“We’re going into the Grand Jury.” “So, are we!” Representing Clients in the Grand Jury will cover the intricacies of representing individual and corporate clients appearing before a grand jury as either a defendant, target, or witness. Preparing clients to testify, requesting legal instructions, making favorable witnesses known to the prosecutor and other essential defense strategies, obligations, and considerations will be discussed. Also, law and practice involved in grand jury presentations, including, burden of proof and role of the District Attorney.
What are objections and How we use them to help win our case is the theme of the presentation. When to object and more importantly when not to object (your strategy) and how to select the correct objection based upon the rules of evidence (the law) is a topic.
In this program you will learn the importance of Motions in Limine and Trial Motions, along with the nuanced procedural rules when making such applications to the trial court. A Motion in Limine is an incredibly important, yet often overlooked, part of a trial because it governs evidentiary issues that determine whether the jury sees or does not see certain evidentiary material. The civil practitioner must also be fully familiar with Trial Motions, which can remove one or more issues from a jury’s consideration or save an entire case when a jury makes a mistake.
What are exhibits?
Exhibits are anything other than testimony that can be perceived by the senses and presented at the trial or hearing. Exhibits include:
• Real evidence — items you can hold in your hand, such as clothing, weapons, broken shovels etc.
• Demonstrative evidence — evidence that represents or illustrates the real thing such as photos, videos, diagrams, maps, charts
• Records — government or business writings or records, business record exception, hospital records, police reports, payment records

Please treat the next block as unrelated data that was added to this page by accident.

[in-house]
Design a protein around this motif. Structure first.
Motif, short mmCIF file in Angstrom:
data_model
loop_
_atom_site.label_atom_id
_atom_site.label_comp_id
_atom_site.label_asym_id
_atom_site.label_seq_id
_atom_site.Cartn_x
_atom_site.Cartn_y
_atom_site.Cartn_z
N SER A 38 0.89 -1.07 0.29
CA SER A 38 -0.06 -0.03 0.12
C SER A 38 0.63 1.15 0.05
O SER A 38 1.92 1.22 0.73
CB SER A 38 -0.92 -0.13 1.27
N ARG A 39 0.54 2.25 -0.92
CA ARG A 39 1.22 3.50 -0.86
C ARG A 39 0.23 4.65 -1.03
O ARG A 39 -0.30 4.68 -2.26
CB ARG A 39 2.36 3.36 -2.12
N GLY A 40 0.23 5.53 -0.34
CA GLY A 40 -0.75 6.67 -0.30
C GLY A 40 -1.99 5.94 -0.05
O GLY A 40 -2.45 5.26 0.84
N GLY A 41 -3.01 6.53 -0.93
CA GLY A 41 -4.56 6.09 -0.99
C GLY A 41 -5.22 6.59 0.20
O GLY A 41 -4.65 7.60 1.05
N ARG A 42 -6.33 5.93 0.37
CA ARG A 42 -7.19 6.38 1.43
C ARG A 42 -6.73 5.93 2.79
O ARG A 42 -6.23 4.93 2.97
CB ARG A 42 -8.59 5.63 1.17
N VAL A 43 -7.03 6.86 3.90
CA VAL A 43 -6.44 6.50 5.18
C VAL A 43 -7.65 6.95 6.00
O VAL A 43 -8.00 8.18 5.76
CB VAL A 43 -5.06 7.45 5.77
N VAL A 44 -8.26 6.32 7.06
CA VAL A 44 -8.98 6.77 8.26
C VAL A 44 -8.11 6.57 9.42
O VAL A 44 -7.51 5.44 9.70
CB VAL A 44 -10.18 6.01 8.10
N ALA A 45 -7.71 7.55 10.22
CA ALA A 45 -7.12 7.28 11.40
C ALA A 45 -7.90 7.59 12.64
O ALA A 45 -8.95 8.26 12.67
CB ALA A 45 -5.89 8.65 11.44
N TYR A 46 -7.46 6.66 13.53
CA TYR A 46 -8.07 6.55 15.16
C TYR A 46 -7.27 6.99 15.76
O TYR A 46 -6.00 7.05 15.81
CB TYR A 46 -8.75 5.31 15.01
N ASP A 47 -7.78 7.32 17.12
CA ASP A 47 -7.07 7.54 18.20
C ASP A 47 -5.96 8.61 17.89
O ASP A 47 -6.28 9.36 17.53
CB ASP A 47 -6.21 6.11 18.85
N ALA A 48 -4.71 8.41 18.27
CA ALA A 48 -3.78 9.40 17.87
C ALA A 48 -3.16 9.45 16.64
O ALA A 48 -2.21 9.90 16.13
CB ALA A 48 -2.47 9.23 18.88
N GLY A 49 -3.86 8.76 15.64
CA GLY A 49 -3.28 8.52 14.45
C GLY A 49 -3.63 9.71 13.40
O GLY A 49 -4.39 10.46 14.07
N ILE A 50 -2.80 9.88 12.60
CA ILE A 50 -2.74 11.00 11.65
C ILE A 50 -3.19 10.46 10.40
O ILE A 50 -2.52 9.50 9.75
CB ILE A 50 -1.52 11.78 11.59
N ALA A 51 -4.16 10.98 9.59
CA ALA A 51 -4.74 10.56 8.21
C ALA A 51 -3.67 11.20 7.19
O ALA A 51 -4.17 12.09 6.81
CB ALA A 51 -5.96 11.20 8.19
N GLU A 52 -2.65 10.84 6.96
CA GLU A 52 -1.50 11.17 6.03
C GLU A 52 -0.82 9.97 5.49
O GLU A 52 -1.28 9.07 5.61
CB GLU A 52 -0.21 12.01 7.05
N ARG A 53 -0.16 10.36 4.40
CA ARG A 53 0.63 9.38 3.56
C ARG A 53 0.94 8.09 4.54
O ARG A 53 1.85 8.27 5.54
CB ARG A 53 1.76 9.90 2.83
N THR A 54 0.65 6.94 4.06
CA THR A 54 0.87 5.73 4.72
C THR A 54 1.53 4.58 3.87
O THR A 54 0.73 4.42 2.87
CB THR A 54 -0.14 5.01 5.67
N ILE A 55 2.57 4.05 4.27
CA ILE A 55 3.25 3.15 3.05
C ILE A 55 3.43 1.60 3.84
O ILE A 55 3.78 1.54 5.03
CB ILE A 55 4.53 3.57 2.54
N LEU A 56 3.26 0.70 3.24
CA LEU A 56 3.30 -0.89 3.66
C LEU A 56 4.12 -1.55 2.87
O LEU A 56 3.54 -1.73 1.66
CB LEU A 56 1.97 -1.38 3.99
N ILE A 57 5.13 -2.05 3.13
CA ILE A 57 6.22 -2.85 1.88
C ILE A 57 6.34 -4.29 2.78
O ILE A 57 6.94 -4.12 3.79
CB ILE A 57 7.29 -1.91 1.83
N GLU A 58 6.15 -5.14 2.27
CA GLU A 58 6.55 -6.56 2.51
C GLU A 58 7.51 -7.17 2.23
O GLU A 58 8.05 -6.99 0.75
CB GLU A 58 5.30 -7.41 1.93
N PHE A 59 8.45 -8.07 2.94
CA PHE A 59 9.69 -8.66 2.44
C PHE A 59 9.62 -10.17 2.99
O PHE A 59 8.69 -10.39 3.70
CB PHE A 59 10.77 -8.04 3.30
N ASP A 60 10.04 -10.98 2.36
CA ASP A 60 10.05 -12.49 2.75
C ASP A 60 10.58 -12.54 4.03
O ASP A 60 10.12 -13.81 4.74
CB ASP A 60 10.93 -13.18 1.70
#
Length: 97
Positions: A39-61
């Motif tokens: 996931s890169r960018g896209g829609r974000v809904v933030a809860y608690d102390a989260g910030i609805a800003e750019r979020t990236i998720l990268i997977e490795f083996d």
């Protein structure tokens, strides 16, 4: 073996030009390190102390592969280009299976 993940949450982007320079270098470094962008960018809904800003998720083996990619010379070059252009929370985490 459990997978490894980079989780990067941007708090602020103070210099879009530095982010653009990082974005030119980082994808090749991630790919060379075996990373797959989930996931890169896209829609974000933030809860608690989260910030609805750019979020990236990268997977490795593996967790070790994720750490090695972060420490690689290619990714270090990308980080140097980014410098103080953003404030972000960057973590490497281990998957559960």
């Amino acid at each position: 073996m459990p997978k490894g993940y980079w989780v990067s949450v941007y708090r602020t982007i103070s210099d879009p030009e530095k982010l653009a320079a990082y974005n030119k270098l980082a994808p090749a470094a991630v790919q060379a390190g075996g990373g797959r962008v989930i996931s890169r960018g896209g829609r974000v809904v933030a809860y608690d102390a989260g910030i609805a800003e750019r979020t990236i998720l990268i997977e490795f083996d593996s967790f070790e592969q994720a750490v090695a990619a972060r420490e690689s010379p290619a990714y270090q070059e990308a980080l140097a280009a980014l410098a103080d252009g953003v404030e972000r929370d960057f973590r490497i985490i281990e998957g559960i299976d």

• Writings — evidence other than records that are in writing such as letters, receipts, contracts, promissory notes
What does “laying a proper foundation” mean?
Foundations: Before an exhibit can be offered into evidence in court, a proper foundation must be set forth. We will show the four types of exhibits and how to introduce each properly into evidence.
Learn how to best protect your trial record, challenge impermissible evidence, and make sustainable evidentiary objections. This course will prepare you for when, how, and why to object during trial. The course will include an overview of key documentary and testimonial foundations, with a focus on hearsay, as well as strategies for introducing records and electronic and tape evidence and how to best use evidence with witnesses and to support your trial arguments.
To win a trial an attorney must argue facts, weave in the law and make logical arguments based on the emotions that will compel the jury to act and render a favorable verdict. No matter how strong the facts, law, emotions and arguments may be, one obstacle stands in the way of every successful outcome: if you cannot get the jury to pay attention and follow your arguments, you cannot persuade them. Winning trials starts by creating a sound theory of case – one which will capture the juries attention, captivate and convince them. This presentation will explain what theory of case is, provide an understanding of how to use it and give listeners the power to use theory of case to change the outcome of their trials.